Long known as a working class, Irish enclave tucked under the No. 7 subway line in the western portion of Queens, Woodside is a neighborhood with a multicultural flavor, affordable housing and an extremely convenient location.
Woodside is a short 20 minute (or less) subway ride from Midtown Manhattan. The Long Island Rail Road and The Ed Koch Queensboro Bridge are also nearby. The community is bordered on the south by Maspeth, on the north by Astoria, on the west by Sunnyside and on the east by Elmhurst and Jackson Heights. According to law enforcement officials, the 108th Precinct, which covers Woodside, traditionally has some of the lowest crime rates in the city.
The Bulova Watch Company that manufactures watches and clocks is headquartered in Woodside where it has made innovations in watch making and developed numerous watch making tools. The company was founded and incorporated in 1875 by Joseph Bulova, a Bohemian (now Czech Republic) immigrant who settled into the area.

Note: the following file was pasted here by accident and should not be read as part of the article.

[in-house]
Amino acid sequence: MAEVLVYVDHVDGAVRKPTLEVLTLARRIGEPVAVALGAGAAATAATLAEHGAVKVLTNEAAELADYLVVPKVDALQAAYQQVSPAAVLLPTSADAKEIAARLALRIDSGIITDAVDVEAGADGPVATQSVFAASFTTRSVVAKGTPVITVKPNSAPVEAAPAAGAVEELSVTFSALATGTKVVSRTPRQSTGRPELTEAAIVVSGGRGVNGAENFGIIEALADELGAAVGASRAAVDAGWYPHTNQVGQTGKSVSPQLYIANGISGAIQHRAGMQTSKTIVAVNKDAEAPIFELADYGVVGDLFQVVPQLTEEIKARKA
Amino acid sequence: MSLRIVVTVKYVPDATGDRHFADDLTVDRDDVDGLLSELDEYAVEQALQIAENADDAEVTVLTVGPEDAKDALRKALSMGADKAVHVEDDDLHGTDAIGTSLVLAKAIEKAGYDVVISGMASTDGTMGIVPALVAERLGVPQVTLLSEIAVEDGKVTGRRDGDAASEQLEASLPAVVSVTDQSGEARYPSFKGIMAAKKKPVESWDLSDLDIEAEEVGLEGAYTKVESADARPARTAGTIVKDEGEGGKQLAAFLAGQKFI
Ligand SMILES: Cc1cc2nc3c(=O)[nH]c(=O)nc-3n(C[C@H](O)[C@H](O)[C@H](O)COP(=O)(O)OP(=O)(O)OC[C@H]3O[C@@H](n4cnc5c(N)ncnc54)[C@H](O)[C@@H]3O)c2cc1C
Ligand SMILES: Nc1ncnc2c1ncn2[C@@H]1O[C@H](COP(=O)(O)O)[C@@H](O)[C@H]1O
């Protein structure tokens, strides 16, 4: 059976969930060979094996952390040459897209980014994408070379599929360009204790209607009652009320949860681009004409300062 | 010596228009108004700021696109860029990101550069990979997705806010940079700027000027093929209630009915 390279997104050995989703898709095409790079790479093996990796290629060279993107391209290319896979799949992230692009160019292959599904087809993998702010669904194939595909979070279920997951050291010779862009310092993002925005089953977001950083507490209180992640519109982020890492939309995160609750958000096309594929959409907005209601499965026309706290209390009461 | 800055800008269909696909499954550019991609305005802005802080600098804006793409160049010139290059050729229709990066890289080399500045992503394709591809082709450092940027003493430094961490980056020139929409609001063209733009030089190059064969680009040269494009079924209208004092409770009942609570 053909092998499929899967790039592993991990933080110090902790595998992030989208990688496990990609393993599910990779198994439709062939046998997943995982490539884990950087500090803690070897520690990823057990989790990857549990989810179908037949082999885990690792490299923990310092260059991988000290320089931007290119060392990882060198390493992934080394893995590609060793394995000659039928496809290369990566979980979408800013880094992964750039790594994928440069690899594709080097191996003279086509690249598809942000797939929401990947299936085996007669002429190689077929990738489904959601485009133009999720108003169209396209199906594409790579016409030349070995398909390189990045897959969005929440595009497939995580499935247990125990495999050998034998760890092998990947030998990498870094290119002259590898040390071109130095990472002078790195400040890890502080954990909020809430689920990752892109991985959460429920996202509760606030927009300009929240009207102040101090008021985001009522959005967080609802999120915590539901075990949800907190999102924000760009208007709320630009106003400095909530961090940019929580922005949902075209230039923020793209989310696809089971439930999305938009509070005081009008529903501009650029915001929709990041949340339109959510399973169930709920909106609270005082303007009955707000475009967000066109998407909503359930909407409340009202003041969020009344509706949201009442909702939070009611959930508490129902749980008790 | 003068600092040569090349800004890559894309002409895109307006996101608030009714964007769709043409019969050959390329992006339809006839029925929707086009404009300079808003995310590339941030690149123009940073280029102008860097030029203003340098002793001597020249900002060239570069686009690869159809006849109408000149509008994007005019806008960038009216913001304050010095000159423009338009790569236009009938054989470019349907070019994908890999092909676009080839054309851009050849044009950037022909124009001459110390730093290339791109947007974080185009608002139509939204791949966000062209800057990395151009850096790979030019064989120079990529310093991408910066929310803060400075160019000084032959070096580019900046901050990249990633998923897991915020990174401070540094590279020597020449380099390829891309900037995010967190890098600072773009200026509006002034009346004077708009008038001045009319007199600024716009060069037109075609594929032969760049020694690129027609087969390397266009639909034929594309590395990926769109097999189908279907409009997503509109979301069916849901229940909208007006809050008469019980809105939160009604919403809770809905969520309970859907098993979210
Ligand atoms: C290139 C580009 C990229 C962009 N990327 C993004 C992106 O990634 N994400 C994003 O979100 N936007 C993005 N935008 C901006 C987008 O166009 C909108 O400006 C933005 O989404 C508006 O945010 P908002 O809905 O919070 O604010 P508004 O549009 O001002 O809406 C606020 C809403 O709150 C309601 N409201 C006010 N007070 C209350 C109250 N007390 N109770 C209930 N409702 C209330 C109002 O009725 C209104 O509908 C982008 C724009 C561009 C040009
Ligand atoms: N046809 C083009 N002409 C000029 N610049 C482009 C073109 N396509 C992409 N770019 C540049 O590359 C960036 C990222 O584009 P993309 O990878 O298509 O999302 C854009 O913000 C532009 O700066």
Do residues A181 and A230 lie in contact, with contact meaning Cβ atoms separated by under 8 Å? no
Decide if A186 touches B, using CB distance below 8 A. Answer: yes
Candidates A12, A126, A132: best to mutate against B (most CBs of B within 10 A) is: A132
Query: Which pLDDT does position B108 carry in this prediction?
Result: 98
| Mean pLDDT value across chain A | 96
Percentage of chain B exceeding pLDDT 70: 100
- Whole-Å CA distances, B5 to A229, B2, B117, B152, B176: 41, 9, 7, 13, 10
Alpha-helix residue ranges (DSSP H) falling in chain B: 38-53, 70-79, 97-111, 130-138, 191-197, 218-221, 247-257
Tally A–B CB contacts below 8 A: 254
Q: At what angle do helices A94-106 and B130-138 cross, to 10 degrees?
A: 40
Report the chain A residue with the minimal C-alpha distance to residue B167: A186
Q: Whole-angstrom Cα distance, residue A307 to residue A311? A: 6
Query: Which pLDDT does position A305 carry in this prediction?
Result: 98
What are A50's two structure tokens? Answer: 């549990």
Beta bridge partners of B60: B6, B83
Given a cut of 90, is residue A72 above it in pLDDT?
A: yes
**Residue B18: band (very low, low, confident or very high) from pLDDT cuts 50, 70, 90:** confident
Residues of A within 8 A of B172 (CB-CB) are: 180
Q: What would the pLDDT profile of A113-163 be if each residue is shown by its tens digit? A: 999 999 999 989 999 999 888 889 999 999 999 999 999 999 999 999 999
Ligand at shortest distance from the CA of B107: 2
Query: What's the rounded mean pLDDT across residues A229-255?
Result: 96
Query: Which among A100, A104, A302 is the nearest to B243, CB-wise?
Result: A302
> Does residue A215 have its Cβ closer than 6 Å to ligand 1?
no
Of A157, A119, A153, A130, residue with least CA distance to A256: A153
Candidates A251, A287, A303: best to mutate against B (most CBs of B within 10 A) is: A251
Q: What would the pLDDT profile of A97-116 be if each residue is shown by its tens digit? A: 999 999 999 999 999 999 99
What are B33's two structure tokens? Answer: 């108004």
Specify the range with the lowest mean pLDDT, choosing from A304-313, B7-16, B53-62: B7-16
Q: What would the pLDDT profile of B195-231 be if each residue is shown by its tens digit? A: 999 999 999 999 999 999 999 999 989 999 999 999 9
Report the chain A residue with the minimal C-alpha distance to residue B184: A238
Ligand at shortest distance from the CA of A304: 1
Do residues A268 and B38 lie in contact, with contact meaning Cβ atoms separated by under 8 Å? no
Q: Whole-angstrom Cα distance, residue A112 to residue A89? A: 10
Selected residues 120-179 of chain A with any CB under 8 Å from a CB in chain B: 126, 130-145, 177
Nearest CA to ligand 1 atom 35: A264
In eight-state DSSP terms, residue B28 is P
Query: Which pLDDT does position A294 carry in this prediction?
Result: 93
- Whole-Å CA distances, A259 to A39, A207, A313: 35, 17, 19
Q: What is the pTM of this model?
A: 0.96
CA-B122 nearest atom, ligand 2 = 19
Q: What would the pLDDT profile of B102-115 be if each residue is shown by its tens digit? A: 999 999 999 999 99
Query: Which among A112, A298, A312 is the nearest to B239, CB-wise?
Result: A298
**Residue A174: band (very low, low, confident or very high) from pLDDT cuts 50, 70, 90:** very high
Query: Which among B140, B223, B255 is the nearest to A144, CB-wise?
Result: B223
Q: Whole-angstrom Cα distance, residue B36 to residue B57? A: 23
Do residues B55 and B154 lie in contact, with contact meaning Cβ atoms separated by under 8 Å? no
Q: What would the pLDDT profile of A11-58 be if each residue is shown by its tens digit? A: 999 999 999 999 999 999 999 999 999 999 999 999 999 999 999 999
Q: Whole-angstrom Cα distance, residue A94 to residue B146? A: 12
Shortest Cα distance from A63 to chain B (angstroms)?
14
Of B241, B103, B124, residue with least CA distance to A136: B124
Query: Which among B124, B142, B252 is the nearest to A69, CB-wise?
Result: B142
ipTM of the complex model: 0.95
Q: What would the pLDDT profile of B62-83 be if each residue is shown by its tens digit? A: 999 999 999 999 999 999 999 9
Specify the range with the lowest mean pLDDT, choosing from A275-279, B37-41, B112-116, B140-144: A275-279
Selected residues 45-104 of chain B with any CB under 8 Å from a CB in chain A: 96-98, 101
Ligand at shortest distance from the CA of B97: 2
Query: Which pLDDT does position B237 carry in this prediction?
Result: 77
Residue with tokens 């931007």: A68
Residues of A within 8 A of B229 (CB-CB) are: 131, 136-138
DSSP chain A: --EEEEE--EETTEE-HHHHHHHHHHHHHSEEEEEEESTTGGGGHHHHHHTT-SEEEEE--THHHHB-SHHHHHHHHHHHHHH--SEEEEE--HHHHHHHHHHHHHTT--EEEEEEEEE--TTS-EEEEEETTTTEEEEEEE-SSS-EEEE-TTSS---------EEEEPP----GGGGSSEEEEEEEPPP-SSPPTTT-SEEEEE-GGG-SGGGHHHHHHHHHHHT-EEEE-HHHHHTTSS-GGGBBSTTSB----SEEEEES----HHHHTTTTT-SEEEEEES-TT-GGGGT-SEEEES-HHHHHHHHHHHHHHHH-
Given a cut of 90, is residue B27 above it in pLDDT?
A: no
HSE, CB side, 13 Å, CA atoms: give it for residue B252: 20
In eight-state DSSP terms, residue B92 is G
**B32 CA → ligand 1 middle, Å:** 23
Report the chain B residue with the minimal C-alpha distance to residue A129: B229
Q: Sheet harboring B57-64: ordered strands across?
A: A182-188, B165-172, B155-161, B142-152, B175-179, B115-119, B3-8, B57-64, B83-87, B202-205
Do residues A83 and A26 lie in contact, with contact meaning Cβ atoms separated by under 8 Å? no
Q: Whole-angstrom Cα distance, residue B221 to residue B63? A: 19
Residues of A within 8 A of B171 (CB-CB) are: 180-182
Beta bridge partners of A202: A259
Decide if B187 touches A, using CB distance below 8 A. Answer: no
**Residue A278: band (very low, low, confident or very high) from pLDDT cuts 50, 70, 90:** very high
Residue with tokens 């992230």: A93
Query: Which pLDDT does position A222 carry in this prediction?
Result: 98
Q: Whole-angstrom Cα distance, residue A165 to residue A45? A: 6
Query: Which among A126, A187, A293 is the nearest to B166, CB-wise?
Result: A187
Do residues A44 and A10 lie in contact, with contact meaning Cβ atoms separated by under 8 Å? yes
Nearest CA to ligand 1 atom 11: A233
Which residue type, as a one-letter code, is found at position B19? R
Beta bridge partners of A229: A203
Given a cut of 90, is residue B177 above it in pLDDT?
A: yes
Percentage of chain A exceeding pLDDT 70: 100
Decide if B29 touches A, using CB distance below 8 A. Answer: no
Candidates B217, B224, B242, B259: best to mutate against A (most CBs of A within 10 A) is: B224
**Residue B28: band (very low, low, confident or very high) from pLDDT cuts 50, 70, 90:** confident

If you were to stroll through Woodside today you’re likely to see burgeoning Bangladeshi and Filipino populations, Mexican, Korean and Indonesian businesses mixed in alongside numerous Irish pubs where the Guinness is flowing, the accents authentic and football is soccer.
It Takes a Village
In 1860, the road we know today as Northern Boulevard was built to connect the town of Flushing with the 34th Street Ferry to Manhattan. In 1867, residential neighborhood developer Benjamin W. Hitchcock purchased a 115-acre farm, split it up into lots and two years later sold them, creating the village of Woodside.